‘Til The Moon Turns Pink at SPANTZO

Judy Giera and Nathaniel Garcia In Conversation

In her first solo exhibition at SPANTZO Gallery, Judy Giera, explores the nuances of girlhood and the expectations of the feminine through painting, video, and performance. Giera’s bright colors and synthetic materials reference Barbie and her Dream House as well as the patriarchal conceits of the action painters of the 1950s. Judy Giera and SPANTZO founder and director, Nathaniel Garcia, share their reflections on the exhibition.

Tell me about the genesis of this show.

JG: For me, this show starts and ends with the concept of play. Playfulness is key. There is such a rich potential there for deeper conversation and for manifesting our pure impulses. The ability to play within gender is another trope I find interesting. The exhibition calls out the malevolent play and violence that shapes current notions of girlhood and invites the viewer to rethink what pleasure and freedom can be found in remaking and reimagining the feminine.

NG: This show is the culmination of a series of conversations between Judy and I, the earliest of which predate SPANTZO itself. As I was considering artists in the formative stages of the gallery, Judy was an artist who stood out as having a vision that blended so seamlessly with the mission and focus of the gallery. Further, Judy’s extensive experience in installation design contributed greatly to her ambitious concept of transforming SPANTZO into a Barbie dreamhouse. This concept was very appealing to me, particularly as an otherworldly context that she could create for viewers to receive the artwork.

What would the visitor see?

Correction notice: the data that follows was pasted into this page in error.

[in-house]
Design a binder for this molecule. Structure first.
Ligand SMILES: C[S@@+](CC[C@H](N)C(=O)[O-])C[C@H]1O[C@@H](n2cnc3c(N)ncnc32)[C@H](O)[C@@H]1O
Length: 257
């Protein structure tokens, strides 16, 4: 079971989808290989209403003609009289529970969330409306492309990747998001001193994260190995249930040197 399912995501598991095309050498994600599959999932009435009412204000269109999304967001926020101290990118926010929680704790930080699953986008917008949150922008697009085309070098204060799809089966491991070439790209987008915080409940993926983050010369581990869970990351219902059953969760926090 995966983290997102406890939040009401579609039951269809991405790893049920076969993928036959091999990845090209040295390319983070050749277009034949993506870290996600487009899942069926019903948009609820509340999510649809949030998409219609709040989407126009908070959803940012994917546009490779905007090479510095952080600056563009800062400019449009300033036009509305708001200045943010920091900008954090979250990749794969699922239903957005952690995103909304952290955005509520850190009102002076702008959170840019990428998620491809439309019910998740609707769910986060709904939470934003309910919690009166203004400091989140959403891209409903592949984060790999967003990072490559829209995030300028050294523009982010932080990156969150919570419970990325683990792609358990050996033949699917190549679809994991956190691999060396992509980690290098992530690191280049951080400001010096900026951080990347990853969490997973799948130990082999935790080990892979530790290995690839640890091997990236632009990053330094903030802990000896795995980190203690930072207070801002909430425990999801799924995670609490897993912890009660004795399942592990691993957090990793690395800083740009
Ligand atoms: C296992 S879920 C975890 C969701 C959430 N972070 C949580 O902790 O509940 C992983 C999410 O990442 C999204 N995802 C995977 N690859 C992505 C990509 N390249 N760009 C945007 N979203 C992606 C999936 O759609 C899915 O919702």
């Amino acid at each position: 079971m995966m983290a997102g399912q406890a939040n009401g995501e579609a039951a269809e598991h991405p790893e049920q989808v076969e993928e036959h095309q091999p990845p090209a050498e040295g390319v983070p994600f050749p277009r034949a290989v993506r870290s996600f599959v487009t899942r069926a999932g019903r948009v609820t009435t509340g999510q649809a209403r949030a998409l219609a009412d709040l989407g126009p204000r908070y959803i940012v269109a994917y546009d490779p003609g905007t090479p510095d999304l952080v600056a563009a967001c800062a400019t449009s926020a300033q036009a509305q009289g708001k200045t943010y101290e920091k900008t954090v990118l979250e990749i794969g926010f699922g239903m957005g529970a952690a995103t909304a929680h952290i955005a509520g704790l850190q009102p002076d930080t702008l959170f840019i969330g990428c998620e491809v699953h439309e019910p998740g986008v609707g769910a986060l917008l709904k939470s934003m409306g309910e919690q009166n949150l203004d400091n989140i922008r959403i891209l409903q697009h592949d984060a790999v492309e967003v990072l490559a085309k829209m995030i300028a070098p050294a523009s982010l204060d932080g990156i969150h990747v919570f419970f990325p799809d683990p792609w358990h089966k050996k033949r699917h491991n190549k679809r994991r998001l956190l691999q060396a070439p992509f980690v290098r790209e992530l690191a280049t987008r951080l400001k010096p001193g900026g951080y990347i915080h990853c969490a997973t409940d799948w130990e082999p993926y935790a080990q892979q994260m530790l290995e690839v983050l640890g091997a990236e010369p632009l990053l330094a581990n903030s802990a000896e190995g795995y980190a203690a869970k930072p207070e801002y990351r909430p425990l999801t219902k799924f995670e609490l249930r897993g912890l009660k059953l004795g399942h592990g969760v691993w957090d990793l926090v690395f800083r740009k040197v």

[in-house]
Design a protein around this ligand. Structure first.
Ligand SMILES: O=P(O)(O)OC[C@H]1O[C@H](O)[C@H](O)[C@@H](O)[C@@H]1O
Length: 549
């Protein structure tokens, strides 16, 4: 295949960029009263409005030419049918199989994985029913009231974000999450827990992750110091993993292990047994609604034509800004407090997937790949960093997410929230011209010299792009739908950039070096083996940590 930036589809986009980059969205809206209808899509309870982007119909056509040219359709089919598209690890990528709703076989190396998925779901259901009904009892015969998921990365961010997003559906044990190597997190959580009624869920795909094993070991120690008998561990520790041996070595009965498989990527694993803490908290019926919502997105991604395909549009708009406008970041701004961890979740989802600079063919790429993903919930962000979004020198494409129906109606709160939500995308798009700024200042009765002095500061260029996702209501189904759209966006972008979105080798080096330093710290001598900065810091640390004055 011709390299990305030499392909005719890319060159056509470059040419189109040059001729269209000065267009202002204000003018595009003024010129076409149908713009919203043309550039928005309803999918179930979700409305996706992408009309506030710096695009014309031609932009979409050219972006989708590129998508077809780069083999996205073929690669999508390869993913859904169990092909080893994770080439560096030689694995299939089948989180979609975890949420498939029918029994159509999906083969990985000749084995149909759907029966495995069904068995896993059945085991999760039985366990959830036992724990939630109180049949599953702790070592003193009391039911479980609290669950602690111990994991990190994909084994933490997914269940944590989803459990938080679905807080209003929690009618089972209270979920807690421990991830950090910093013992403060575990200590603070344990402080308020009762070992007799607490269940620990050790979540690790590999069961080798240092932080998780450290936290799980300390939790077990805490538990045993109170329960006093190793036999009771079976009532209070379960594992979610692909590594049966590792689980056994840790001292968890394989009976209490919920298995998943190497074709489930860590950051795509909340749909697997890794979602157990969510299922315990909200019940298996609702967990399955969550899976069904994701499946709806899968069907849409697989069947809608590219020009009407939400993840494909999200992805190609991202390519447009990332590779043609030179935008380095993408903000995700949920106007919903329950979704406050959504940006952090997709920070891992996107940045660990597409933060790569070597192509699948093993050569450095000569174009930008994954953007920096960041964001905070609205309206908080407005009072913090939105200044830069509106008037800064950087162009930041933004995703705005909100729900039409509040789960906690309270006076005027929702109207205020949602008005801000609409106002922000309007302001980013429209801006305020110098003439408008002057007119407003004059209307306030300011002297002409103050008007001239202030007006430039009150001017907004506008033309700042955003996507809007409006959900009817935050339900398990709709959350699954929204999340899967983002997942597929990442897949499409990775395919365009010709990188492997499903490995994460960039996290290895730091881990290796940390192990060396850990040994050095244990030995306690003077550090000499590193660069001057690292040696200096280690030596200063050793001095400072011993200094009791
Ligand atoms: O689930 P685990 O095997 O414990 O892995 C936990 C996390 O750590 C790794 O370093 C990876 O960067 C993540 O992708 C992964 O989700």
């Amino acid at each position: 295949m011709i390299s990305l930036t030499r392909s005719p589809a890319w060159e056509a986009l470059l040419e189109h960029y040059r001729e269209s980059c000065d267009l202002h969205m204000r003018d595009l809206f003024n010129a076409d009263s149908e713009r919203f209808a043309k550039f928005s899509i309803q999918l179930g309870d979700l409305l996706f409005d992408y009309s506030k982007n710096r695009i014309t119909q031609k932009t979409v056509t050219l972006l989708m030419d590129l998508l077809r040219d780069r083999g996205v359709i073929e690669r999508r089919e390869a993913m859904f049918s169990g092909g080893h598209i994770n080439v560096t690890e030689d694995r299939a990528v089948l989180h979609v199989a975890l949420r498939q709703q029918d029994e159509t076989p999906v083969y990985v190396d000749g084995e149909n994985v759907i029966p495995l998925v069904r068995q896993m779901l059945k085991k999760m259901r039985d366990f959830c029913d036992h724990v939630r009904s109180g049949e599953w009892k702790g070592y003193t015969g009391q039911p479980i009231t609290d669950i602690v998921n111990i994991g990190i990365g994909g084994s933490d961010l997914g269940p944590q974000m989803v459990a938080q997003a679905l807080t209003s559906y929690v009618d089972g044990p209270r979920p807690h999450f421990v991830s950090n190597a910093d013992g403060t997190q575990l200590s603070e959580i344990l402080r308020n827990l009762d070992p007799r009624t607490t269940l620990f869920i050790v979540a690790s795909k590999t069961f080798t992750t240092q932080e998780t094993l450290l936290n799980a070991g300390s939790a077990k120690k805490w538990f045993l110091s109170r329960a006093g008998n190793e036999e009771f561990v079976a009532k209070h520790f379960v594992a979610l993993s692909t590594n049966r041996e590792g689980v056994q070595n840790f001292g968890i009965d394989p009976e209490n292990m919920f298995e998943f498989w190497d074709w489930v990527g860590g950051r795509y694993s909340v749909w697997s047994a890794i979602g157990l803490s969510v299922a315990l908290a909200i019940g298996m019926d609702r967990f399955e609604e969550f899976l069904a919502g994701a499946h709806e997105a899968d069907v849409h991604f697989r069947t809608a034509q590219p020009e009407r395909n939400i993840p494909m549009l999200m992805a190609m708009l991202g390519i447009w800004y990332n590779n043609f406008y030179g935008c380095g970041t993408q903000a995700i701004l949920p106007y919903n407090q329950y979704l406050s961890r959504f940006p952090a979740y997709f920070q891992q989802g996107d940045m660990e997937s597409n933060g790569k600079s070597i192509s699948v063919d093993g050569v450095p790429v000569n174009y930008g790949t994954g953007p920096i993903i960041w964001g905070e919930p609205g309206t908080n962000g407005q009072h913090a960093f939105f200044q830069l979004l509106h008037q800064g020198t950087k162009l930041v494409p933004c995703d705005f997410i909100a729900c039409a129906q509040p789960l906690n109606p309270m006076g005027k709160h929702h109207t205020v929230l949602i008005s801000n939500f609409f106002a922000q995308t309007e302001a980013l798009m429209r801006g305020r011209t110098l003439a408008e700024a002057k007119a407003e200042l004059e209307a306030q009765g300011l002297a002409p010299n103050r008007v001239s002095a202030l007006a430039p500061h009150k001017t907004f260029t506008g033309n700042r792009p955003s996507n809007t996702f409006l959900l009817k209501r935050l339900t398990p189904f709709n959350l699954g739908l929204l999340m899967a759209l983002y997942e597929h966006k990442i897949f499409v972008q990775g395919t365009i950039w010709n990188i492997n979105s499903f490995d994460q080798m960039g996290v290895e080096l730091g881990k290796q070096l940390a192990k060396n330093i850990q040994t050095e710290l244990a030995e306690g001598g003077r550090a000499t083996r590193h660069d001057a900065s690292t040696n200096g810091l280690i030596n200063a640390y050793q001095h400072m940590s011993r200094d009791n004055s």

NG: Upon encountering SPANTZO’s exterior the viewer is welcomed by an army of barbies, transformed with spray painted elephantine foam heads. Some dance in the air among garlands of flowers while others do splits on distorted portraits of even more barbies. As the viewer steps inside the gallery, they encounter an explosion of barbie dreamhouse pinks and blues. The video gurl world (or rather, don’t make me over), is displayed on 5 televisions of different sizes and eras, and juxtaposes live performances of Judy (as a life-size Barbie doll-esque character) with footage of the TERF rantings of feminist YouTubers and Barbie commercials of the 1960s to the present. This video informs her seven abstract paintings by situating them inside a broader dialogue of intolerance of trans people, as well as the commercialization of one’s femininity; experiences the artist encountered in her late twenties when she began her gender transition. Her paintings are a freeform collision of synthetic materiality that recall post minimalist artworks which included everyday objects, as well as the gestural performances of the action painters. Coated in paint and resin, synthetic spray foam has been oozed onto the canvas, giving it a preternaturally organic aura. Barbie doll parts, bubble wrap and neon lights weave chaotically in, and through, the canvas creating a psychedelic cesspool of consumer mania that invites the viewer to rethink the feminine.